Overview… Innovative Learning Week 2015, Smart Data Hack and the Kenyan Tech Scene

What? Attempting to make a relevant website to communicate the Kenyan Tech Scene at the Innovative Learning Week Smart Data Hack

Where? Appleton Tower and the Informatics Forum, University of Edinburgh

When? 16th – 21st February 2015

Who? Myself, Tharald Sondheim, some other people…

What About It?

So Innovative Learning Week (ILW) is the University of Edinburgh’s reading week in which the university runs loads of events across campus to encourage you to try extracurricular activities to leanr something new in an interesting way – whether in your own discipline or in one you’ve always wanted to try. Smart Data Hack is a week long hackathon run primarily by the School of Informatics designed to get people involved in fun programming and computer science.

This year, Practical Action had sponsored one of the challenges – to design an application to communicate the current tech scene in Nairobi – and as someone with an interest in frugal innovation I thought it would be fun to work on. I didn’t approach it with any particular ideas in mind, and the team was formed by splitting in half the total number of people interested in taking the specific challenge. It attracted quite a lot of interest due to the unexpectedly large prize announced of a trip to Kenya for the winning team.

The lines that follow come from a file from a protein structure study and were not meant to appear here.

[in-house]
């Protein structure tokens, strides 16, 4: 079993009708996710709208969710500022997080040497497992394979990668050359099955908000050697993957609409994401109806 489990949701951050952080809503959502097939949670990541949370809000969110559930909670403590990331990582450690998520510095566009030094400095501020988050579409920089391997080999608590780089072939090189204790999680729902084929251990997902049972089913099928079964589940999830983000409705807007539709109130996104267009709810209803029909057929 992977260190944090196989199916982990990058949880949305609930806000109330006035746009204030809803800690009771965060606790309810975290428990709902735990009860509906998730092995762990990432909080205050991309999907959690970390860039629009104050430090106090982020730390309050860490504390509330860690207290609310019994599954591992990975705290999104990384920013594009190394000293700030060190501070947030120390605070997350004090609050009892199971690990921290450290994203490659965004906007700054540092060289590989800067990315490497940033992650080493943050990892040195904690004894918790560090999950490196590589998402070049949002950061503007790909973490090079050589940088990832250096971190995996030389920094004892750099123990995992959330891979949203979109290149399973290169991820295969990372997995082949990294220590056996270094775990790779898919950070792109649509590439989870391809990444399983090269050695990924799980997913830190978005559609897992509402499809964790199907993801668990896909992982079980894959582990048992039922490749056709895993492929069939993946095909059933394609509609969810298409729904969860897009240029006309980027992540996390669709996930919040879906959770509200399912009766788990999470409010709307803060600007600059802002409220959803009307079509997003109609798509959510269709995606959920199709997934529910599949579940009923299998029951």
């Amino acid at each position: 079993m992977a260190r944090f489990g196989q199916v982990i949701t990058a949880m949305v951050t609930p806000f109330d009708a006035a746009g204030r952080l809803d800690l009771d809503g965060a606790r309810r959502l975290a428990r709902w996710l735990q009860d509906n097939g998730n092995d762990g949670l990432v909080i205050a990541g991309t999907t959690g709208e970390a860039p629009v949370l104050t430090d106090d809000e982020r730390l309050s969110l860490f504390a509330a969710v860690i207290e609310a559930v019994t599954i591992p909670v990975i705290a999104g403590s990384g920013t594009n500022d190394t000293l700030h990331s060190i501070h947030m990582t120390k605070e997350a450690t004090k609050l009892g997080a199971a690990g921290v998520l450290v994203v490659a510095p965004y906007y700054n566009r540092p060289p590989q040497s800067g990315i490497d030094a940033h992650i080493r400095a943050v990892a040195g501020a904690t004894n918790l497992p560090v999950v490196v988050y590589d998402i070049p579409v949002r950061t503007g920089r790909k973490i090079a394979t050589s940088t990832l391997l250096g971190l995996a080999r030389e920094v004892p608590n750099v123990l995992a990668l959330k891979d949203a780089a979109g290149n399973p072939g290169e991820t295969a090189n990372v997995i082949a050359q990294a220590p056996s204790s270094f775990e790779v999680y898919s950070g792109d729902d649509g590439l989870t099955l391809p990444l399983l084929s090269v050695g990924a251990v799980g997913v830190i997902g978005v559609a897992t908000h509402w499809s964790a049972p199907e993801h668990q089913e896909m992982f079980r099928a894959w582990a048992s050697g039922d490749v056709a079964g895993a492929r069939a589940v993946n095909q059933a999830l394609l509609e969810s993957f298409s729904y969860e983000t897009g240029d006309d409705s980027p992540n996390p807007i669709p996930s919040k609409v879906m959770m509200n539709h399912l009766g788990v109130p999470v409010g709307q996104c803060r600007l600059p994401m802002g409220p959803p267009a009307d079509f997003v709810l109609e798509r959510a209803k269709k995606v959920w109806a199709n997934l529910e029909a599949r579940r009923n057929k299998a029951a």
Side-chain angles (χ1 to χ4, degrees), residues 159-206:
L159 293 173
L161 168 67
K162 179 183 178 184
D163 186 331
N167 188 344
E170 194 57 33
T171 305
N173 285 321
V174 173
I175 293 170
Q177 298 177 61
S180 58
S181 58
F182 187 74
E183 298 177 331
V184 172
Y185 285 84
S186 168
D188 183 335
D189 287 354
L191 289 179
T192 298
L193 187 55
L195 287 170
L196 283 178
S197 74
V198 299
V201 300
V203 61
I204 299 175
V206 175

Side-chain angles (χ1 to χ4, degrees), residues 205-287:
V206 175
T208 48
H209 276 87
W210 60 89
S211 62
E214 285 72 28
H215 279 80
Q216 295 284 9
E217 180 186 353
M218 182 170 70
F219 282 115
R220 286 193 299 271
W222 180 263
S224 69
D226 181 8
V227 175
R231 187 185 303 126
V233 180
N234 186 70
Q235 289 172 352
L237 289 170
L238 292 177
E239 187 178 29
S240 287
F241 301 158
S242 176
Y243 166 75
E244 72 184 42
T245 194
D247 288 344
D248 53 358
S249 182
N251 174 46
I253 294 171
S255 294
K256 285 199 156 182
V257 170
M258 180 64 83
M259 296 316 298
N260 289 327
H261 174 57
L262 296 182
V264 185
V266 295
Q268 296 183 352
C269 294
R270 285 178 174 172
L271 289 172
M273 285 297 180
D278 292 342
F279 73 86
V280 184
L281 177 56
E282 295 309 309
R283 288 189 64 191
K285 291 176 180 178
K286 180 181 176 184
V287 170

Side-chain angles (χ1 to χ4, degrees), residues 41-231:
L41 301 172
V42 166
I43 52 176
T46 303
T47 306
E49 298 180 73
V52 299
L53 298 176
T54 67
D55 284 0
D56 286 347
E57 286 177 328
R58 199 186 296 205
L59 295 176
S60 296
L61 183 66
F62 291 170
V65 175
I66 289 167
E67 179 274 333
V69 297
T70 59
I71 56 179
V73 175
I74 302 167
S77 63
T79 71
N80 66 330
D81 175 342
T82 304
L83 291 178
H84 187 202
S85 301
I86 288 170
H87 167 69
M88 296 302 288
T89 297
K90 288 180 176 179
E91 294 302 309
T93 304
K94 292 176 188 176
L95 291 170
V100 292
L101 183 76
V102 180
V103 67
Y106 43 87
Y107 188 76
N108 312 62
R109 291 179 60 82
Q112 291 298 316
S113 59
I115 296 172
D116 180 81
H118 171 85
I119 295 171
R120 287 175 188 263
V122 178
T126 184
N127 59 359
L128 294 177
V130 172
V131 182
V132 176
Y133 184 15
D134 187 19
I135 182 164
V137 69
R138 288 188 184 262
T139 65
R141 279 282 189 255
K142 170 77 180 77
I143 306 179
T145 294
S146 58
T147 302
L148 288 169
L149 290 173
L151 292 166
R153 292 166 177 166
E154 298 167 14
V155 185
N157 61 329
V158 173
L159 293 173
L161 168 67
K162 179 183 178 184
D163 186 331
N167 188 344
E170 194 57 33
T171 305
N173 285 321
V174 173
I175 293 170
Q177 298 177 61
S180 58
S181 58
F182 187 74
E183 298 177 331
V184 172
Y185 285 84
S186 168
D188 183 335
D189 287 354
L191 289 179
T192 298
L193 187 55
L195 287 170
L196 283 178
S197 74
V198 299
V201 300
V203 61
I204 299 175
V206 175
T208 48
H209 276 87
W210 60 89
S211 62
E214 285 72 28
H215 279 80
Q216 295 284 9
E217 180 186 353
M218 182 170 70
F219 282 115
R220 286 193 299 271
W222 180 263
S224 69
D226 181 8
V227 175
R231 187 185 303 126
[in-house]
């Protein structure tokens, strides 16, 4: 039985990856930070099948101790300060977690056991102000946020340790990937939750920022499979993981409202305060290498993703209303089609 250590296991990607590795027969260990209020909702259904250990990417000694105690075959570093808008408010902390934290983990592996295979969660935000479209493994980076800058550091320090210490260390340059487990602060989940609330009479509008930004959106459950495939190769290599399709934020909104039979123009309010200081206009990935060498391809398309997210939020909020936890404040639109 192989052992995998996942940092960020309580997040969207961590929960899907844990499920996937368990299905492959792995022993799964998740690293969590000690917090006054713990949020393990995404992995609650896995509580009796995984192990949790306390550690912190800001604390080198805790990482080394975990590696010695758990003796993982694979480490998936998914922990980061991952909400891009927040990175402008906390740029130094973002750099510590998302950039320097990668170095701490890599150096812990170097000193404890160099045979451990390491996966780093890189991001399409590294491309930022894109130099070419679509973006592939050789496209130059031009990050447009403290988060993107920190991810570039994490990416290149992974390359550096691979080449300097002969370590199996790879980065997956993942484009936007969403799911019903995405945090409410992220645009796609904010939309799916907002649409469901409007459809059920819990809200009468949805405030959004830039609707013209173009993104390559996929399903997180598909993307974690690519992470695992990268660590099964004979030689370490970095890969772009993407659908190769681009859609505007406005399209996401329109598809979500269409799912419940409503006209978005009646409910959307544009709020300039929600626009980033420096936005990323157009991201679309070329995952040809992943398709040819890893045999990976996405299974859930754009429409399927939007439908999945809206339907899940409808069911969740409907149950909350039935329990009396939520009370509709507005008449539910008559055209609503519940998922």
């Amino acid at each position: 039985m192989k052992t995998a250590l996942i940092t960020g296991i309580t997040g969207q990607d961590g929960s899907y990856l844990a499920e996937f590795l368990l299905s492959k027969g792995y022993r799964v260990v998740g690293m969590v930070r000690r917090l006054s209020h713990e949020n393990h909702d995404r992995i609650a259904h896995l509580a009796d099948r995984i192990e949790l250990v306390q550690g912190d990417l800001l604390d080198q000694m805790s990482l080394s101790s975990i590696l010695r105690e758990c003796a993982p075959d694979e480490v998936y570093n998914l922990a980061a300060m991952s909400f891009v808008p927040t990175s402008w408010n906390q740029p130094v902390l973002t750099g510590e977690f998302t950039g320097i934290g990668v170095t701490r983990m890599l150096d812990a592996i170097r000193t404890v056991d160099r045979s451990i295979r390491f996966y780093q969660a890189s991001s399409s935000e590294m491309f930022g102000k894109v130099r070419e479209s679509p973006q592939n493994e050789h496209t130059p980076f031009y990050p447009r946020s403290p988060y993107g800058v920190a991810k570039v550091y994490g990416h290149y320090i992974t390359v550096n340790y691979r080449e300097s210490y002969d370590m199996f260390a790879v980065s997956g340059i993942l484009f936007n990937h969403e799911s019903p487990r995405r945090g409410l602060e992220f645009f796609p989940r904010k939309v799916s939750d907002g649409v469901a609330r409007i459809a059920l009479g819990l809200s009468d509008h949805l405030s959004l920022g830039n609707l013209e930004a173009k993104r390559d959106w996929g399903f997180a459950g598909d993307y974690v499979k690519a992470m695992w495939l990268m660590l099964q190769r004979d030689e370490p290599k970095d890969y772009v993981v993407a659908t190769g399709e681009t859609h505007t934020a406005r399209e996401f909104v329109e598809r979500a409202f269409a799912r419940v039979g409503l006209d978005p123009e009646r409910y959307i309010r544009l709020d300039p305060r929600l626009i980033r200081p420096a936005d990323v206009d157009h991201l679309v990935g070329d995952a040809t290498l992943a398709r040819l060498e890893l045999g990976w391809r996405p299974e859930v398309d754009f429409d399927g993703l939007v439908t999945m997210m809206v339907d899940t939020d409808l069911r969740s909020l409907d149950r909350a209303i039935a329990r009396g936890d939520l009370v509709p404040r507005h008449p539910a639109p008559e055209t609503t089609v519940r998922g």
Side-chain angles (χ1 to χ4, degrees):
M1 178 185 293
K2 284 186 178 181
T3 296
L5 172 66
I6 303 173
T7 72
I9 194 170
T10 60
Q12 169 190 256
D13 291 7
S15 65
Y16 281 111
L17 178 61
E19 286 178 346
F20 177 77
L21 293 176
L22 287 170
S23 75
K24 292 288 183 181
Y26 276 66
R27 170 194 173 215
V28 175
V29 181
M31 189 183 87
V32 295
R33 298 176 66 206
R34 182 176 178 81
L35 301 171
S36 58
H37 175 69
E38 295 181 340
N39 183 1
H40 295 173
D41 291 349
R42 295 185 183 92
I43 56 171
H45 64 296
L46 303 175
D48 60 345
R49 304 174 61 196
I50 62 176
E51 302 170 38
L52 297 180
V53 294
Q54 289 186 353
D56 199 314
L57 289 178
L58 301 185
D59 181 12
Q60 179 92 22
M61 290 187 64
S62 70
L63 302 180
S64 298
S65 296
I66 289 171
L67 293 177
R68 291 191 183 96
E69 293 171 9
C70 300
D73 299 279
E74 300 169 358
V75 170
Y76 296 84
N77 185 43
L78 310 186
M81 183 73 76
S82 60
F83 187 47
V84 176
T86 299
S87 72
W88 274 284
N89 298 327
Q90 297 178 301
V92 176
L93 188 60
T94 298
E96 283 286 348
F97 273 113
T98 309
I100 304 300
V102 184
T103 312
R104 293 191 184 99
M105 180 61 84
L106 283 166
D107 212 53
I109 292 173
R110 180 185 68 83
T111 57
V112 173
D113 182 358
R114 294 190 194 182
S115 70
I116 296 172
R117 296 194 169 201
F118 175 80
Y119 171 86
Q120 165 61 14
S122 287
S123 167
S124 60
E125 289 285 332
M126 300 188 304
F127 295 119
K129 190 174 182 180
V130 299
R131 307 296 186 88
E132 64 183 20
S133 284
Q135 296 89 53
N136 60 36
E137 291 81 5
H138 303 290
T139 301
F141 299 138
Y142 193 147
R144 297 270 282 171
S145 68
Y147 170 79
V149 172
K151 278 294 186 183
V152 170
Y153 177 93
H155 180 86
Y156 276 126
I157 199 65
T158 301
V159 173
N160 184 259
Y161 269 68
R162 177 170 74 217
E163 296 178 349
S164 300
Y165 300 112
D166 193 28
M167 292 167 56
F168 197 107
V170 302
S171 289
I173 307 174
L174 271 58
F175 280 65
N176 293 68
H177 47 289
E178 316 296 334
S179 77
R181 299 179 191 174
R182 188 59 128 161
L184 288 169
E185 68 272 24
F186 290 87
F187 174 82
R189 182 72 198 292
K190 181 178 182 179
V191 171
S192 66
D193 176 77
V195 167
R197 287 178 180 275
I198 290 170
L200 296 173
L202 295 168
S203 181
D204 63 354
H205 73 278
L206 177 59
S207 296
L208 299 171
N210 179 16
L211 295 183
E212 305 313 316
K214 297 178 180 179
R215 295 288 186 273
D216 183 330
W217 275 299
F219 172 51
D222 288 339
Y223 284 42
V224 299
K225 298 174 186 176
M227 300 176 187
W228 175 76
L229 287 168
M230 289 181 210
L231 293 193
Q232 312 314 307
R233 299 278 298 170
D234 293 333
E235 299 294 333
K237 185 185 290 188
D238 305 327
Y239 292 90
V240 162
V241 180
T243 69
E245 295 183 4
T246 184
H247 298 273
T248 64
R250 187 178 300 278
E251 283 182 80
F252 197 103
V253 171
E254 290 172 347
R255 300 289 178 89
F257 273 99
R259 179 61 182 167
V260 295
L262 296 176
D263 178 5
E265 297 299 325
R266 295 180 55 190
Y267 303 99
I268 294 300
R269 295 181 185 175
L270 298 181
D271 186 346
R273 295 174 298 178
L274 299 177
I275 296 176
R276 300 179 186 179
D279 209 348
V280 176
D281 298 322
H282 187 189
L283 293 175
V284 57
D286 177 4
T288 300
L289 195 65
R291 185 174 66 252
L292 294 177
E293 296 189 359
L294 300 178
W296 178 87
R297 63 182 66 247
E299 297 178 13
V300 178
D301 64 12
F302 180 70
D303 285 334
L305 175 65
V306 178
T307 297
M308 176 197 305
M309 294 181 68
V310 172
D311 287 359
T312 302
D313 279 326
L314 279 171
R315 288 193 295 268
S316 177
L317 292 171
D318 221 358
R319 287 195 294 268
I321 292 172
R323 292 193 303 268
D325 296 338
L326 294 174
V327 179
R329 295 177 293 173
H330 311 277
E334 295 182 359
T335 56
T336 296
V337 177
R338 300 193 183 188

To go straight to the point, it didn’t go very successfully but it there were multiple factors contributing to this and some were lessons learned.

It wasn’t initially clear what the plan for our team was – the challenge set was very specific which made it difficult to think of something original, and it had little supporting data available and it was difficult to create fake mock-up data too. The glamour of the prize had attracted quite a few students who it became apparent were more interested in competing for it than the actual coding, taking things either too seriously or simply treating it more as a business/logistics competition and refusing to ‘waste time’ trying to learn to code if they hadn’t done it before, both attitudes being extremely unhelpful and making it somewhat unenjoyable.

I’ve got to admit that there were personal factors involved, I was exhausted and was definitely going for the easier options each time they were available. I had a doctors appointment that I was incredibly stressed about (I was diagnosed formally with Generalised Anxiety Disorder) and my degree was officially interrupted due to the personal circumstances I was going through.

Also I felt like I had set aside very little time to work on the hack, a side effect of  a week long hackathon that allows for procrastination. For example, I had already agreed to go for a barbeque in the Pentland Hills with the Edinsolar team (yes we did have a barbeque in Scotland at altitude in winter and it was great) on the Tuesday afternoon.

However, despite this we put together somethings with the ‘idea’ if it could be called such, evolving throughout the week until it developed into some sort of website using the Twitter API.

Unsurprisingly we didn’t win anything at the end of the week and I was a little frustrated and disappointed in myself for successfully having attended a week long hackathon and not made anything working. Still, as I said, mistakes made and lessons learned for next time.


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